diodes in series would reduce the voltage enough to be
close to 12 at ~13V. Each diode is a drop of approximately
0.6V for a total of a 1.8V reduction. A bit of power would
be wasted in doing this.
Of course, with another cell, the charging problem
is more complicated. I’d give it a try at three first and see
A Big LED on a Pi
QI worked my way through a Raspberry Pi / Python demo on blinking an LED. Now, I’d like to control a 3W LED. Is there a simple way to do this?
AA 3W LED requires some current. Let’s see how much. LED voltage drops are usually around 3.4V. We’ll use the Ohm’s Law equation for
power to solve for the current. Since P = V x I, we can
rearrange this equation to say P/V = I. The result is 3 /
3.4V, or approximately 880 mA. That’s much more than
a Raspberry Pi can supply. That means we need a simple
We’ve talked about circuits like this before in this
column, and they’re pretty simple to make with a single
transistor. We just have to make sure that the transistor
we use can handle the current we need (which is close
to 1A) and has enough gain. We also need to choose an
appropriate current-limiting resistor since we’ll be running
the transistor into saturation, where it acts more like a
switch than a current source.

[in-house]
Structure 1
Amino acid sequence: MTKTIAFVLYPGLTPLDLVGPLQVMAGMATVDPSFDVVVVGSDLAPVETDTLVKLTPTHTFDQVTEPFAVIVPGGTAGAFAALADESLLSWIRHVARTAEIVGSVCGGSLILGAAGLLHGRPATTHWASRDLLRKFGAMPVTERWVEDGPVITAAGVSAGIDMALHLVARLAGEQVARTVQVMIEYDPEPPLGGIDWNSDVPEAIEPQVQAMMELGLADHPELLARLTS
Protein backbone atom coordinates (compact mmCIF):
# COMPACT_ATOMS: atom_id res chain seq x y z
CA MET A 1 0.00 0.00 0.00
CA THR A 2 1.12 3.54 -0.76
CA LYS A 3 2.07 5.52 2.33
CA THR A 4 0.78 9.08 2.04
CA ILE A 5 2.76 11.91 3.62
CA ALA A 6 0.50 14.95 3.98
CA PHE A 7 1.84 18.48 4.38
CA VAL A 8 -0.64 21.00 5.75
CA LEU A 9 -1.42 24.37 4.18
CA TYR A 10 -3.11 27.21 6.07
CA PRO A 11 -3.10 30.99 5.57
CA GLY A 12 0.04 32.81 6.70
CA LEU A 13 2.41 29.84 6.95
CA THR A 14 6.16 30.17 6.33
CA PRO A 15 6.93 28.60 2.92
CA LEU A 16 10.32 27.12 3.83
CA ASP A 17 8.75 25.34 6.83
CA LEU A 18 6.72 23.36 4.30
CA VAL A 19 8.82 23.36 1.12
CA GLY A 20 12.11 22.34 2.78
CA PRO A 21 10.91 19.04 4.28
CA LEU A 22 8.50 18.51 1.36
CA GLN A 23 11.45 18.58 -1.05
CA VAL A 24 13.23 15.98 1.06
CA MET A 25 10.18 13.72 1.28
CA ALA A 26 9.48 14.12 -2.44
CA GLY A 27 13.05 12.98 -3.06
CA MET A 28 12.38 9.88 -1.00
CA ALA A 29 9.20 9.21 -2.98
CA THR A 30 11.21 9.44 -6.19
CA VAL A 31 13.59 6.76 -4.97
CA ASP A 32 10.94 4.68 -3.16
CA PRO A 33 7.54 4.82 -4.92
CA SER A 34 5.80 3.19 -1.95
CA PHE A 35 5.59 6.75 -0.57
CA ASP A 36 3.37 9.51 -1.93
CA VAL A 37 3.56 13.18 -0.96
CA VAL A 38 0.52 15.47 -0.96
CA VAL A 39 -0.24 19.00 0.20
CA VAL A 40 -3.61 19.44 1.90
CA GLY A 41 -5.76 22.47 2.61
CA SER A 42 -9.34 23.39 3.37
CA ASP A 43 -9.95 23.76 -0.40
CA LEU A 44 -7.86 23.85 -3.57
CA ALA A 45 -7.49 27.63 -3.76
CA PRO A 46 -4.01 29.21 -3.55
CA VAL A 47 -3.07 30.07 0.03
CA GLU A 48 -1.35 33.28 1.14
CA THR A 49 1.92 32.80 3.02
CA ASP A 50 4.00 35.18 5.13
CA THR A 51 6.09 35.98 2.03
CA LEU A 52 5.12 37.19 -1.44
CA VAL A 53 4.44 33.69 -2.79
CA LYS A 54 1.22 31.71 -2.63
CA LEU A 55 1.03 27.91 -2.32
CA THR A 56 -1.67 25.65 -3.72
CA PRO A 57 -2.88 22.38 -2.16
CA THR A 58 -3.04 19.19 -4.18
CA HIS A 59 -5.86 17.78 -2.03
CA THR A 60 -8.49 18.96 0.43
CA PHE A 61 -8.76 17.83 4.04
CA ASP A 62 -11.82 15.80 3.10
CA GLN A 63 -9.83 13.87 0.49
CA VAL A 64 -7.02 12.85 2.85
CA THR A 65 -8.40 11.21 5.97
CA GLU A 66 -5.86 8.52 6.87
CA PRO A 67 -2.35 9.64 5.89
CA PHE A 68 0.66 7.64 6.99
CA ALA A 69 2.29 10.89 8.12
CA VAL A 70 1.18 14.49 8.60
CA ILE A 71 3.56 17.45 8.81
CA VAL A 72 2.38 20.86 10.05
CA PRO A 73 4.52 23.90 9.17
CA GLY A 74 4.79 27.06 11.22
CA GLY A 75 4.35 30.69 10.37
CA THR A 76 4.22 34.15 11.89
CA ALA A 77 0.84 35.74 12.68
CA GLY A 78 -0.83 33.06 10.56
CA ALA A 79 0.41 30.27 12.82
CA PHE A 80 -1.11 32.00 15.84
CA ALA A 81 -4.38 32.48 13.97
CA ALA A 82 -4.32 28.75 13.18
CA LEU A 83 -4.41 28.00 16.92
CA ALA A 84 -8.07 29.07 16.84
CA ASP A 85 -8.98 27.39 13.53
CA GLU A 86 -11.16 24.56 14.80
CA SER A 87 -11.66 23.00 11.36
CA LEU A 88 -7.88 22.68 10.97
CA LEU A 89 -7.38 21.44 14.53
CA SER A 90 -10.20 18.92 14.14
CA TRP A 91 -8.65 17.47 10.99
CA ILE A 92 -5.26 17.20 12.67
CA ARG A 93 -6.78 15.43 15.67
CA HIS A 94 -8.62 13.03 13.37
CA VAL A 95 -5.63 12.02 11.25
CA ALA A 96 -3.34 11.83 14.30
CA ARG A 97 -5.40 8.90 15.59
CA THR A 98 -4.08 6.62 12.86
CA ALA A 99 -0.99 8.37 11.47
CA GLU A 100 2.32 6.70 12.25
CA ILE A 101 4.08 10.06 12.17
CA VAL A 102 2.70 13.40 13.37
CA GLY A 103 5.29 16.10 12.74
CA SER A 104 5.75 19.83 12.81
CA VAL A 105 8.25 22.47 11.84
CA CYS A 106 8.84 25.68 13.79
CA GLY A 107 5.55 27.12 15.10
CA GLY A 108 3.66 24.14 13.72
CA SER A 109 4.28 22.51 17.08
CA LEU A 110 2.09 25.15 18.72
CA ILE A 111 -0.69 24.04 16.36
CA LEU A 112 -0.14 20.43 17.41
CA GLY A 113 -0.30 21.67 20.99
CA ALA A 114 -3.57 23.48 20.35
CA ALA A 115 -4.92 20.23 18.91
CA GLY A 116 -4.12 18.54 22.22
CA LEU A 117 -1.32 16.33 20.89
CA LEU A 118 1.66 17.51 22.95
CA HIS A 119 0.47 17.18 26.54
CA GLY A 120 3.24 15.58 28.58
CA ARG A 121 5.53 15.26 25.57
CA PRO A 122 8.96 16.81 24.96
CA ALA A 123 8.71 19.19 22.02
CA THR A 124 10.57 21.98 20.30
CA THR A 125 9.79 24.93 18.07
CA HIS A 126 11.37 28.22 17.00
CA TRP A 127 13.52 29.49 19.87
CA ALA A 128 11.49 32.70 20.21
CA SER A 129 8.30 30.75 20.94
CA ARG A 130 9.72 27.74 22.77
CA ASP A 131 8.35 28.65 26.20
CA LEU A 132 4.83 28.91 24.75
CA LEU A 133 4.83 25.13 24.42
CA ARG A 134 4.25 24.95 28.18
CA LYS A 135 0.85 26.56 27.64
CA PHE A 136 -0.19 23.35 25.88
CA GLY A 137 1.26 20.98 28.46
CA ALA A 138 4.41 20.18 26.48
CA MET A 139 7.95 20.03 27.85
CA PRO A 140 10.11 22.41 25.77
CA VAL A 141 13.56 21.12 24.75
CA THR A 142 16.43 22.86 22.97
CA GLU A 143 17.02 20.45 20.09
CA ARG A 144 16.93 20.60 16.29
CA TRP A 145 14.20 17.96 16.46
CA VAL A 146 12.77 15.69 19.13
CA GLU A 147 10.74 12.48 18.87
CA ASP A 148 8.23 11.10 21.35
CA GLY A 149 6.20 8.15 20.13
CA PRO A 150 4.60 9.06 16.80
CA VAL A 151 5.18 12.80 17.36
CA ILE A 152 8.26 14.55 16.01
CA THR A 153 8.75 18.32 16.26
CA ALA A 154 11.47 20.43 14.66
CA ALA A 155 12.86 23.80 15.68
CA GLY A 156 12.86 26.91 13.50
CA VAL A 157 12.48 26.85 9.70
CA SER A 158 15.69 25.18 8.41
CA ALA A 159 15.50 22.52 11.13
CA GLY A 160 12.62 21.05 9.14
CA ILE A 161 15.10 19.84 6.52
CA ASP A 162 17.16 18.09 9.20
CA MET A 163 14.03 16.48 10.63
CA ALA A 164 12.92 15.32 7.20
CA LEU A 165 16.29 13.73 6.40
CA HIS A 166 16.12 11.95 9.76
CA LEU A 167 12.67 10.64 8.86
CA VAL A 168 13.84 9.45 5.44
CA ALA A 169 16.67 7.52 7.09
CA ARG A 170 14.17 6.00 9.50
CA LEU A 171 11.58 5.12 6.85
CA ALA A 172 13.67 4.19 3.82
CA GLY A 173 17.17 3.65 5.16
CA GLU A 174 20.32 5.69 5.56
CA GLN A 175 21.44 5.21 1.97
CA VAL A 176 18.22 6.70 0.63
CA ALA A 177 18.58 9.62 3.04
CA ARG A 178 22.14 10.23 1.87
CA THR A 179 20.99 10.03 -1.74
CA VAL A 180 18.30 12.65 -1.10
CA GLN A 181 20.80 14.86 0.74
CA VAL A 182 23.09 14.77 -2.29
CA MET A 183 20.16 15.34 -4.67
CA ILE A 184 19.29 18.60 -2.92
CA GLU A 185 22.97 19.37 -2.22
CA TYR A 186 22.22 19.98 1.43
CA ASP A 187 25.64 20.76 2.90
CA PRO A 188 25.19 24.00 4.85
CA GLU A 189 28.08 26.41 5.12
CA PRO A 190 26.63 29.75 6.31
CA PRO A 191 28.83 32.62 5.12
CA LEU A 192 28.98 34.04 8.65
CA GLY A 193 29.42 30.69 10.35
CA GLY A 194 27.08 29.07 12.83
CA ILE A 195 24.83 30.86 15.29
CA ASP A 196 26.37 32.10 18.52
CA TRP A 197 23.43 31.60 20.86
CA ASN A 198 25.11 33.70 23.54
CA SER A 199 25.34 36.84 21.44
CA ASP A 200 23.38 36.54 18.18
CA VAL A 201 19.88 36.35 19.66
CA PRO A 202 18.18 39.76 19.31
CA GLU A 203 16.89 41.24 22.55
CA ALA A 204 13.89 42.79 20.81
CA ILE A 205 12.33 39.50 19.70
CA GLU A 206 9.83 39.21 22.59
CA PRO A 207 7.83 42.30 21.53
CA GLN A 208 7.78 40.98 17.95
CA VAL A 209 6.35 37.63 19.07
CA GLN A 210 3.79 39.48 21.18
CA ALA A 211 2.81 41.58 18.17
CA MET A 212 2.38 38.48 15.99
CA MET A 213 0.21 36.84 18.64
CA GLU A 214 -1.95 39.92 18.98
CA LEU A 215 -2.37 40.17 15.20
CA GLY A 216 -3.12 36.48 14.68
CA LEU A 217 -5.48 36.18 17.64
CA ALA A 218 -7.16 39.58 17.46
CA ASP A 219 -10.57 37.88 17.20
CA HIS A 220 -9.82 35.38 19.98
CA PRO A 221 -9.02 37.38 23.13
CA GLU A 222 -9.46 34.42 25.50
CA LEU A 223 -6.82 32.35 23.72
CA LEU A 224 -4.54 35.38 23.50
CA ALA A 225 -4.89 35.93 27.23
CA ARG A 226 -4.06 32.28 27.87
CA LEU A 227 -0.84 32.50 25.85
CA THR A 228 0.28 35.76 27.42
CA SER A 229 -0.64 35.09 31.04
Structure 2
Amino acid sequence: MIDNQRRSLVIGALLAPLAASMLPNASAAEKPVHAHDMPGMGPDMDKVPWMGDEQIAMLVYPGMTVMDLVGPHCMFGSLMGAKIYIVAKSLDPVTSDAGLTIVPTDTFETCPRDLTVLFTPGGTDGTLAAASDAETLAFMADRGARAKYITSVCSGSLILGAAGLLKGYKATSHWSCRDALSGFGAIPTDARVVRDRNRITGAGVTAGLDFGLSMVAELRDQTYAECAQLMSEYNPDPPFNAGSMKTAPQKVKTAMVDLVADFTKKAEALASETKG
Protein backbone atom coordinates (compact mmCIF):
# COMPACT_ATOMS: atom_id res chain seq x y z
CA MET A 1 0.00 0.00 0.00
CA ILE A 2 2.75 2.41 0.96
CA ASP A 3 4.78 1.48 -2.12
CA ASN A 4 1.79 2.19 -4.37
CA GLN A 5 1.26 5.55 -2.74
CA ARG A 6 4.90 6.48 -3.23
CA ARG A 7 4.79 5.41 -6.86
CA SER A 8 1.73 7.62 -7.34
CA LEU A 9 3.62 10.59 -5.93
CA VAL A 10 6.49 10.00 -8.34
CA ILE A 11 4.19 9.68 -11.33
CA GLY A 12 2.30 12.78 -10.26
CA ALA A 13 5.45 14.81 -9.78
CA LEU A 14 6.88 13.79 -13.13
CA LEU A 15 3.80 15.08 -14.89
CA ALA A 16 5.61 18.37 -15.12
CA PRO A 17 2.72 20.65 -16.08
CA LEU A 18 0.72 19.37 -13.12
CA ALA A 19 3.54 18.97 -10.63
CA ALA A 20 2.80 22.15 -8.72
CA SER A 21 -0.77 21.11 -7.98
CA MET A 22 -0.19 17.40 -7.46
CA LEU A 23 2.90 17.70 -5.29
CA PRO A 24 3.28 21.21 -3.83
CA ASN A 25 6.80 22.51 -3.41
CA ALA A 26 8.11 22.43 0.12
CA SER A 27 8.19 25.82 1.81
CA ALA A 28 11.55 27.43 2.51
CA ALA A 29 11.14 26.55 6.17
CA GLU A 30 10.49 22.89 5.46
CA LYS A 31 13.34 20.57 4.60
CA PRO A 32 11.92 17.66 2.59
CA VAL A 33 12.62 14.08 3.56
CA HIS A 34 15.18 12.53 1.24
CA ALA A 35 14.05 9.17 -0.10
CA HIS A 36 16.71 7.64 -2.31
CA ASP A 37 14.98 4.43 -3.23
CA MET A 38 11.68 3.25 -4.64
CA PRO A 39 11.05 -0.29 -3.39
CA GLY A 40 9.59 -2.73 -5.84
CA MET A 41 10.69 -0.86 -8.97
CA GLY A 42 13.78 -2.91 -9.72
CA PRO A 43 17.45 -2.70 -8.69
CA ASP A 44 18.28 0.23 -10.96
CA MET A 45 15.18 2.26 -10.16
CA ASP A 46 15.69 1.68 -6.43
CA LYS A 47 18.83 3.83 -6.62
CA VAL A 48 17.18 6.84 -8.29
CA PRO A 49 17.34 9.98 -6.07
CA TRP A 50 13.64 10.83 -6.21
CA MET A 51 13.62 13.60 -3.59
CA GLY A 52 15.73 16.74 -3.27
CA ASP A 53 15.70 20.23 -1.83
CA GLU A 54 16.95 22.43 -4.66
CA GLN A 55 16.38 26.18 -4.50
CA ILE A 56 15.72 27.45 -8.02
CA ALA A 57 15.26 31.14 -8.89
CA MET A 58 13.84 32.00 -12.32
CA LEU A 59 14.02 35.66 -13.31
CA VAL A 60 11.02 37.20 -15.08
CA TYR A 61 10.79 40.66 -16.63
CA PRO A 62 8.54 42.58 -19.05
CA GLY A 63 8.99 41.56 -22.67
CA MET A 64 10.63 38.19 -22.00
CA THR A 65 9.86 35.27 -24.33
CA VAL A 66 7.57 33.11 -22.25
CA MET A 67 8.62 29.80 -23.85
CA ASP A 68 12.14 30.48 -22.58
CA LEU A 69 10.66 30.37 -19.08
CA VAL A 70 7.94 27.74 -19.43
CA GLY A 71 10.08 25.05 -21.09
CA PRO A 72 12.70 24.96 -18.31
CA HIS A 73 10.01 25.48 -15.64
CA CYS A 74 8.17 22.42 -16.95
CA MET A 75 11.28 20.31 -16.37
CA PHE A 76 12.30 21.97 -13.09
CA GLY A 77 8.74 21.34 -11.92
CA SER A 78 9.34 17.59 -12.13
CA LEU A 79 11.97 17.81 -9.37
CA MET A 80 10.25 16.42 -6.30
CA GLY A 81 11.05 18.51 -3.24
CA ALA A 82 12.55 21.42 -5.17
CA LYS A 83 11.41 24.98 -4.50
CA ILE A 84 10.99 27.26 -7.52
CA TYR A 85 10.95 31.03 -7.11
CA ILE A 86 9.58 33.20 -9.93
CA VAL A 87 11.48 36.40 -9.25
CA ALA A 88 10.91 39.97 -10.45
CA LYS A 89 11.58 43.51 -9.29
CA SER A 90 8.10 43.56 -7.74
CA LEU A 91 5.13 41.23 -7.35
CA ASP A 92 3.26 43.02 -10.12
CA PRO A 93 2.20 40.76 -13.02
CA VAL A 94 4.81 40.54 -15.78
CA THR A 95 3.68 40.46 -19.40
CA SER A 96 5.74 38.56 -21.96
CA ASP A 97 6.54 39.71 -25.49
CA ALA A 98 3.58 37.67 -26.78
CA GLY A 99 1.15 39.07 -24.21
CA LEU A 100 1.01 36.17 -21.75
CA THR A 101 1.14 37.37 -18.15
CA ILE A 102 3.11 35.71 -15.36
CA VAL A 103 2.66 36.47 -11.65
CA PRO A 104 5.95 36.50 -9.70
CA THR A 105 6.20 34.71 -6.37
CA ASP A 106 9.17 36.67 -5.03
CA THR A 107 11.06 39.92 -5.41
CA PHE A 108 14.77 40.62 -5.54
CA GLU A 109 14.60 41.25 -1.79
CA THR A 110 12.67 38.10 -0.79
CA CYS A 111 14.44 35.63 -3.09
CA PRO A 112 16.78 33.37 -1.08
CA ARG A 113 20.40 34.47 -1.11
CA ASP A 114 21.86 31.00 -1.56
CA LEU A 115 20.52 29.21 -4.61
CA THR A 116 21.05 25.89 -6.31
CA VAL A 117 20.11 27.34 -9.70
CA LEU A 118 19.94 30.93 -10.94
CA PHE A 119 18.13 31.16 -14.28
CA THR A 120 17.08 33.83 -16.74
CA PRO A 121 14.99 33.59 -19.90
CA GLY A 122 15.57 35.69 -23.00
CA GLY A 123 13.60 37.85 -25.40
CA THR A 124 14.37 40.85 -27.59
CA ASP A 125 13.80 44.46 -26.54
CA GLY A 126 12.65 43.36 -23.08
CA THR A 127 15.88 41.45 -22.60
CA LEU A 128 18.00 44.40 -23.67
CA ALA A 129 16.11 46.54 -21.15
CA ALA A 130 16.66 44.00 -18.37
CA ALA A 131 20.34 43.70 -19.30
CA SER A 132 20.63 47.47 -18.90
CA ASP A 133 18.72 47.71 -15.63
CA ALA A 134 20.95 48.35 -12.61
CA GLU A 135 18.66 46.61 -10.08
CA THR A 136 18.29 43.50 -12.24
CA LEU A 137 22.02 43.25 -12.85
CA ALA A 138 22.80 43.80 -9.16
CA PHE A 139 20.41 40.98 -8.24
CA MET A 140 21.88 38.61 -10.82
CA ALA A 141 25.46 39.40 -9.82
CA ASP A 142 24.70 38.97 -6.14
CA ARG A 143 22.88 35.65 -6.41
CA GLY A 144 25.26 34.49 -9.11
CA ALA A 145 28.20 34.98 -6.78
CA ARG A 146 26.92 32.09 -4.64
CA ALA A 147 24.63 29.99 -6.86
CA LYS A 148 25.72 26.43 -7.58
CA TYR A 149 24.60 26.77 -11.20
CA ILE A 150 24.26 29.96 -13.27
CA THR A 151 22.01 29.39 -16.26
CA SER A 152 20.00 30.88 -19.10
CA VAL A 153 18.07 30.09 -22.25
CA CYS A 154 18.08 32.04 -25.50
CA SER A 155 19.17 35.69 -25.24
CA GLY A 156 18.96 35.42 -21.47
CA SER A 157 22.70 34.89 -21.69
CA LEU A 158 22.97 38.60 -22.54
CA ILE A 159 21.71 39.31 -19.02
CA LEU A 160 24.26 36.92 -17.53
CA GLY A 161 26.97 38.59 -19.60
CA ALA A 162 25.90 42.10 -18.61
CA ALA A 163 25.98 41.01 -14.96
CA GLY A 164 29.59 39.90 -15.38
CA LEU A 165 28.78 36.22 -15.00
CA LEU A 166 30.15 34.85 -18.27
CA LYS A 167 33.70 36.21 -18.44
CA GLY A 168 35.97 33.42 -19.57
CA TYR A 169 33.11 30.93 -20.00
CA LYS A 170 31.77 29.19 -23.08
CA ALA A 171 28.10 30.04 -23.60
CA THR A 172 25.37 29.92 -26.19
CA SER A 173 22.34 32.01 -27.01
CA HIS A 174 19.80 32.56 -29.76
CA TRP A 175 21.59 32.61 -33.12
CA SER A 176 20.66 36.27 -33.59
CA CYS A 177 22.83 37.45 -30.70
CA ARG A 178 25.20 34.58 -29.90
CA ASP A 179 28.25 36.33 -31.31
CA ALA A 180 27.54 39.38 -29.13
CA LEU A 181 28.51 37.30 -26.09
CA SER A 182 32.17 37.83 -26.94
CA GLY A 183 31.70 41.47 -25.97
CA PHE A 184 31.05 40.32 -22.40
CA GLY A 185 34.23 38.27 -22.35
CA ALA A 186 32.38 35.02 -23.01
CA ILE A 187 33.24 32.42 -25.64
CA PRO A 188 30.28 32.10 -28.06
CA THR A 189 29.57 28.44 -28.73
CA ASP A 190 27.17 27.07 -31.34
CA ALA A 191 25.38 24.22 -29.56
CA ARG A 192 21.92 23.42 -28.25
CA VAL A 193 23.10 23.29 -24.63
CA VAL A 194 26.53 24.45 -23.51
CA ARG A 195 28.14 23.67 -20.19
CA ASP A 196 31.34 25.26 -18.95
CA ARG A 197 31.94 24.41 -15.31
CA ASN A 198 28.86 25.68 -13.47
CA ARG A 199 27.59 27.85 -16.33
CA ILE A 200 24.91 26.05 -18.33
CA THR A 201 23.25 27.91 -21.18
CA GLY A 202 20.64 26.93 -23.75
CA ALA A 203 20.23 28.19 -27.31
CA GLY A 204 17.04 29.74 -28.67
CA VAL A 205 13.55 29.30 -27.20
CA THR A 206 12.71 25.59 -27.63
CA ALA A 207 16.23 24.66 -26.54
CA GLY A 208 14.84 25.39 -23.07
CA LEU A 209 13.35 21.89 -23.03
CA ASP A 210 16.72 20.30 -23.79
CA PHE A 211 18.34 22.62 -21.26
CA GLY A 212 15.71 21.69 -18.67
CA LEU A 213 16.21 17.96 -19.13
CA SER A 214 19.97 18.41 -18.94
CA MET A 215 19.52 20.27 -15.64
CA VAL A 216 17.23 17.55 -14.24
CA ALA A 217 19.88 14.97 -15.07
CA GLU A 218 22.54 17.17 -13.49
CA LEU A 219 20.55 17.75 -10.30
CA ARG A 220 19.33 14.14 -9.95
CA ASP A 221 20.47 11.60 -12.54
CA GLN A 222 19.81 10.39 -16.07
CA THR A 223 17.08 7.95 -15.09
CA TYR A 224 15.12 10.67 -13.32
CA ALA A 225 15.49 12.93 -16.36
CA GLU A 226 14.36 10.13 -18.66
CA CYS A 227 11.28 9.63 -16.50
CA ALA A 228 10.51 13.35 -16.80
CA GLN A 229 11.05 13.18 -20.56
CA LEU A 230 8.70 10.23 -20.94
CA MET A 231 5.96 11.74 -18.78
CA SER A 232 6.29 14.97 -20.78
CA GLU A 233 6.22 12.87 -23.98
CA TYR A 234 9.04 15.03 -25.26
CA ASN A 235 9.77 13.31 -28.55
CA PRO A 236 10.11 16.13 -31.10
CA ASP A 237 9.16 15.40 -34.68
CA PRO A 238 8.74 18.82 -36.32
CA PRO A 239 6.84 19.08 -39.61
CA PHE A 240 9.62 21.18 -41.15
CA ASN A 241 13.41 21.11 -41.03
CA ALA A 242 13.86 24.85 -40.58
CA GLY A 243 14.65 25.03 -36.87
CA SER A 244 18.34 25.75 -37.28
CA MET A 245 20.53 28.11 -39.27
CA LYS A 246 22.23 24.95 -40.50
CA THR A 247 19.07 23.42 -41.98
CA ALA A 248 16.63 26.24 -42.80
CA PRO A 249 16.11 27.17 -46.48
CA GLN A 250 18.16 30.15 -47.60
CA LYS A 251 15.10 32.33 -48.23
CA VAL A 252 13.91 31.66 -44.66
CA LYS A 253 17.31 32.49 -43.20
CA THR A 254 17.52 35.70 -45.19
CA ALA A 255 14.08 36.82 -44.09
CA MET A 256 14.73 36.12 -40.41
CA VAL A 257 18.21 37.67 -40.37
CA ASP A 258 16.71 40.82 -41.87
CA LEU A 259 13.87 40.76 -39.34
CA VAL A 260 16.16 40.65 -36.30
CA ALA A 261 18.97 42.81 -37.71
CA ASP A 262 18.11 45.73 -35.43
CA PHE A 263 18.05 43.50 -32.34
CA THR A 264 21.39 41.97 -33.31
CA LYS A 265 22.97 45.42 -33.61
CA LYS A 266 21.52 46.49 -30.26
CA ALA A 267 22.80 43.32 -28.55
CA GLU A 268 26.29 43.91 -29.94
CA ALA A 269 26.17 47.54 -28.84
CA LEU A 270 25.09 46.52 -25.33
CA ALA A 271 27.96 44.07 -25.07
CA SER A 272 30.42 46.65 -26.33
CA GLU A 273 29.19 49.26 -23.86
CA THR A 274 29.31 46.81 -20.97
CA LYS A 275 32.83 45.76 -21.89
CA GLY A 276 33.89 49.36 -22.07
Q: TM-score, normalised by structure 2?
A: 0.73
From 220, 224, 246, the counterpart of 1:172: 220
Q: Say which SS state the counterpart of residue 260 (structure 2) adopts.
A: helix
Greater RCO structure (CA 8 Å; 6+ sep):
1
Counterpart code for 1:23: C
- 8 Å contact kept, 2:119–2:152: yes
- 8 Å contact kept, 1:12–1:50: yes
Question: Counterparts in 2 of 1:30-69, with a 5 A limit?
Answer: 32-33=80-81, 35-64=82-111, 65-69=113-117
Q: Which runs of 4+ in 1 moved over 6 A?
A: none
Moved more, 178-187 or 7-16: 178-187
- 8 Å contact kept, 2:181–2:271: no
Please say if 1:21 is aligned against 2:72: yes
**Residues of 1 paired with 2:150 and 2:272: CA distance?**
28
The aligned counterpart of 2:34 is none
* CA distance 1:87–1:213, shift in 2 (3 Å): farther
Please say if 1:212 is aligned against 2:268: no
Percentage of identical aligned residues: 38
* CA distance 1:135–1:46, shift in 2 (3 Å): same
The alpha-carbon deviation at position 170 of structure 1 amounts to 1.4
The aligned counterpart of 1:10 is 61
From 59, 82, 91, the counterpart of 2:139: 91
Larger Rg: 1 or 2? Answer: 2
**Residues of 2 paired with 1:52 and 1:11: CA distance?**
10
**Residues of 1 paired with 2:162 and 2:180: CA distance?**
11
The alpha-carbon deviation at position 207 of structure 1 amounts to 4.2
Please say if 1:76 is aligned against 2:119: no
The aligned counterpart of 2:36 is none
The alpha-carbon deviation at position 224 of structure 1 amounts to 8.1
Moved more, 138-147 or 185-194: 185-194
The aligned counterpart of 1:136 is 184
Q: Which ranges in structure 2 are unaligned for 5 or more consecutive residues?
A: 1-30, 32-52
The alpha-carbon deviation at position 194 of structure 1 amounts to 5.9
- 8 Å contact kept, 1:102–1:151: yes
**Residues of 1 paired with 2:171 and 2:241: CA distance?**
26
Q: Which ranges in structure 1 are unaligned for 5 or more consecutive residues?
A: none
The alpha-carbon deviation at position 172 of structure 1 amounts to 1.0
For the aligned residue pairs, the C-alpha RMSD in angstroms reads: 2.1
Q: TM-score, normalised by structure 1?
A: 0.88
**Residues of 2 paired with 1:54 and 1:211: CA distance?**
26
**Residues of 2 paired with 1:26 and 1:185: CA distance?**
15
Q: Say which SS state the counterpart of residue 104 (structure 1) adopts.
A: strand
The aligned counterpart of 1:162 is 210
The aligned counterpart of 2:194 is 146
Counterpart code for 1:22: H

I’ll assume we have a 5V power supply available for
the LED, though the calculations could be revised for a
different voltage. The circuit is shown in Figure 3. R1 is just
to limit the base current for the transistor. R2 limits the LED
current. I’ve chosen a TIP33 as the final transistor. It has a
maximum collector current of 10A — significantly beyond
the required 800 mA. The datasheet indicates that the Vce
at saturation is about 1V max for 3A, so let’s assume a little
less at around 0.8V. We’ll need approximately 300 mA
base current to be well into saturation. That’s a problem
because our Raspberry Pi can’t supply that much current.
We can solve this by using a Darlington configuration:
one transistor to drive another, multiplying the current
through each device. We’ll use a 2N2222 to drive the
TIP33. To make a Darlington turn off effectively, we include
a resistor to drain charge from the base of the second
transistor. That is R3. It just needs to allow for a little
current flow at 0.6V - Vbe. I’ve randomly chosen about 100
ohms to give a 6 mA drain.
Let’s calculate our current-limiting resistor. If the LED
has a 3.4V drop, our saturation Vce is 0.8V; that leaves
about 0.6V for a 5V supply. We want around 800 mA, so
since V = IR or V/I = R, R = 0.8 / 0.8, or about one ohm.
If the supply were different, the value would have to be
recalculated using the new supply voltage.
Lastly, we need to figure out the base resistor, R1. The
Pi nominally gives us a 3.3V signal when it’s in the high
state. We probably only need about 10 mA to drive that
base. The Pi can deliver 16 mA max, so that should be
We have quite a large amount of current multiplication
(2N2222 at 30 and TIP33 at 15 worst case, so 30 x 15
= 450). That means 10 mA is good for several amps. To
get 10 mA from 2.1V ( 3. 3 - 2 x 0.6V), we use V = IR to
calculate ~210 ohms. Conveniently, the EIA value of 220 is
pretty close for R1. The values are annotated in Figure 3.
One thing to keep in mind about this circuit is that it is
inverting, so writing a one to the I/O port for that pin will
turn the LED off; a zero will turn it on. NV
n FIGURE 3. Raspberry Pi driver circuit for a 3W LED.
QUESTIONS and ANSWERS
10 December 2017